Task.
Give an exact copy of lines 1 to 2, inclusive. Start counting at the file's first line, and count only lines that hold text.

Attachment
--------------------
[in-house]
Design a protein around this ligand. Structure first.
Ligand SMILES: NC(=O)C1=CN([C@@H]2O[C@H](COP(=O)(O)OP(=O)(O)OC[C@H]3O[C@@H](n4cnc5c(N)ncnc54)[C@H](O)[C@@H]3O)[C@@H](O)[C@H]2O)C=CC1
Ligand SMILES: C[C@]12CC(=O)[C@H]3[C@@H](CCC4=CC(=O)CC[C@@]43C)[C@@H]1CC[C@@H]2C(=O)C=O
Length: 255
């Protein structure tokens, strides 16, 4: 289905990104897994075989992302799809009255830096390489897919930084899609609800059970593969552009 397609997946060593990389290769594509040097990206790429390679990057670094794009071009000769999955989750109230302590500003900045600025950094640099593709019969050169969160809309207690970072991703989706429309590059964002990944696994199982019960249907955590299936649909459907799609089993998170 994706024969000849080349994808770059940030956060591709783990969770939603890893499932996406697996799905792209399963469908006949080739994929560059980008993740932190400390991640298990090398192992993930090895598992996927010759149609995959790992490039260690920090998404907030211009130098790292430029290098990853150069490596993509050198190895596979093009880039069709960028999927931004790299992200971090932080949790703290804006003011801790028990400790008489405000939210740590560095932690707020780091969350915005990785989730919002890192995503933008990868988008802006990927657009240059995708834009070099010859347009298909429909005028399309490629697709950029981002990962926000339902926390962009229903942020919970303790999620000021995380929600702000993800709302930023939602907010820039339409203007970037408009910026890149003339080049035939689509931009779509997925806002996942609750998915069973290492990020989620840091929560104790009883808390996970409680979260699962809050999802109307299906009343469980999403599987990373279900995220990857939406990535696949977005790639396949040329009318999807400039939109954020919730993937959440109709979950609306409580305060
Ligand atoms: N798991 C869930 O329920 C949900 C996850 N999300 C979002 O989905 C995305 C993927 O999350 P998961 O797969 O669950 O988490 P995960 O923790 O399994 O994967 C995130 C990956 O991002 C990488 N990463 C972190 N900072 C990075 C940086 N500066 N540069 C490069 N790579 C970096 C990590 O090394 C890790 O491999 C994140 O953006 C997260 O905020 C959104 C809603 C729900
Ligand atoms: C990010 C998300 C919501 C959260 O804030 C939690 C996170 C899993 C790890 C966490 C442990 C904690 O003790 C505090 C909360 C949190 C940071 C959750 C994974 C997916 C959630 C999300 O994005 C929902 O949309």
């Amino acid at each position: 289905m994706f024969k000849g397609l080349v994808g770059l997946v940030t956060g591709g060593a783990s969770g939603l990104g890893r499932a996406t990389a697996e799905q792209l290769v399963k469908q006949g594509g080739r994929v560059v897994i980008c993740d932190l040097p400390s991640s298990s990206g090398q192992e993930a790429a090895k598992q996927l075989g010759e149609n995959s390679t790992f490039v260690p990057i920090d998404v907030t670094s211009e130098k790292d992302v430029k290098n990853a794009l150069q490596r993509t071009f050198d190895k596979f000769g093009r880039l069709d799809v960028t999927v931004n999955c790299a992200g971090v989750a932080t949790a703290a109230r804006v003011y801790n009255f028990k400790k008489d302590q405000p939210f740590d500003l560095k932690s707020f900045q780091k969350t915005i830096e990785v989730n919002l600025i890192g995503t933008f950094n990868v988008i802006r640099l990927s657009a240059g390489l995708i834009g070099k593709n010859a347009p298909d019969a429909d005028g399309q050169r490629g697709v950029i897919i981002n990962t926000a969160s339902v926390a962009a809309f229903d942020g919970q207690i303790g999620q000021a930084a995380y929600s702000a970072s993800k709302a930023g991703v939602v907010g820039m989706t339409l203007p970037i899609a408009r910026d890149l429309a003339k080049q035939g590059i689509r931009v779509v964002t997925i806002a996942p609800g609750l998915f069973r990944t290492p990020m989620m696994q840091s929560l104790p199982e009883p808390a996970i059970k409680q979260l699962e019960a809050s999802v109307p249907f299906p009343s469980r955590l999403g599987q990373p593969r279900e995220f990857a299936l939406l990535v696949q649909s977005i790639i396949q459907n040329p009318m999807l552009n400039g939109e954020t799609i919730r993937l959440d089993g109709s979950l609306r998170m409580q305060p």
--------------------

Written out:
[in-house]
Design a protein around this ligand. Structure first.